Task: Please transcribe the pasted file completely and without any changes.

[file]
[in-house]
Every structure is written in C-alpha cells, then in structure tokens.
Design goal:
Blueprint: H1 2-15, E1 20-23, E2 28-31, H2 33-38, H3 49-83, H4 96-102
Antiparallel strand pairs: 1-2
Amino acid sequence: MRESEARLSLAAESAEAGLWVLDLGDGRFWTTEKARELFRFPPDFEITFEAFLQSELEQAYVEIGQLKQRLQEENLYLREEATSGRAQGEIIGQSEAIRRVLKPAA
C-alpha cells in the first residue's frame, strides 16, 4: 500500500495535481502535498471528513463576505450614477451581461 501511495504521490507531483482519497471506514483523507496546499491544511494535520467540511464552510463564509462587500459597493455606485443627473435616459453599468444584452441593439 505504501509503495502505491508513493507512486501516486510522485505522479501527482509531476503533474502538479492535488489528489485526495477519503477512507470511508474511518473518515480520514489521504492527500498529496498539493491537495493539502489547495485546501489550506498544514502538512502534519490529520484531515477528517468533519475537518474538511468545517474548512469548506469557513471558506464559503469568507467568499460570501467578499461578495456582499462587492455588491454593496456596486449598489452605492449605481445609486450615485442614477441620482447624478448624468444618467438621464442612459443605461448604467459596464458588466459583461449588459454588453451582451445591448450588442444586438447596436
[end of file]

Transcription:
[in-house]
Every structure is written in C-alpha cells, then in structure tokens.
Design goal:
Blueprint: H1 2-15, E1 20-23, E2 28-31, H2 33-38, H3 49-83, H4 96-102
Antiparallel strand pairs: 1-2
Amino acid sequence: MRESEARLSLAAESAEAGLWVLDLGDGRFWTTEKARELFRFPPDFEITFEAFLQSELEQAYVEIGQLKQRLQEENLYLREEATSGRAQGEIIGQSEAIRRVLKPAA
C-alpha cells in the first residue's frame, strides 16, 4: 500500500495535481502535498471528513463576505450614477451581461 501511495504521490507531483482519497471506514483523507496546499491544511494535520467540511464552510463564509462587500459597493455606485443627473435616459453599468444584452441593439 505504501509503495502505491508513493507512486501516486510522485505522479501527482509531476503533474502538479492535488489528489485526495477519503477512507470511508474511518473518515480520514489521504492527500498529496498539493491537495493539502489547495485546501489550506498544514502538512502534519490529520484531515477528517468533519475537518474538511468545517474548512469548506469557513471558506464559503469568507467568499460570501467578499461578495456582499462587492455588491454593496456596486449598489452605492449605481445609486450615485442614477441620482447624478448624468444618467438621464442612459443605461448604467459596464458588466459583461449588459454588453451582451445591448450588442444586438447596436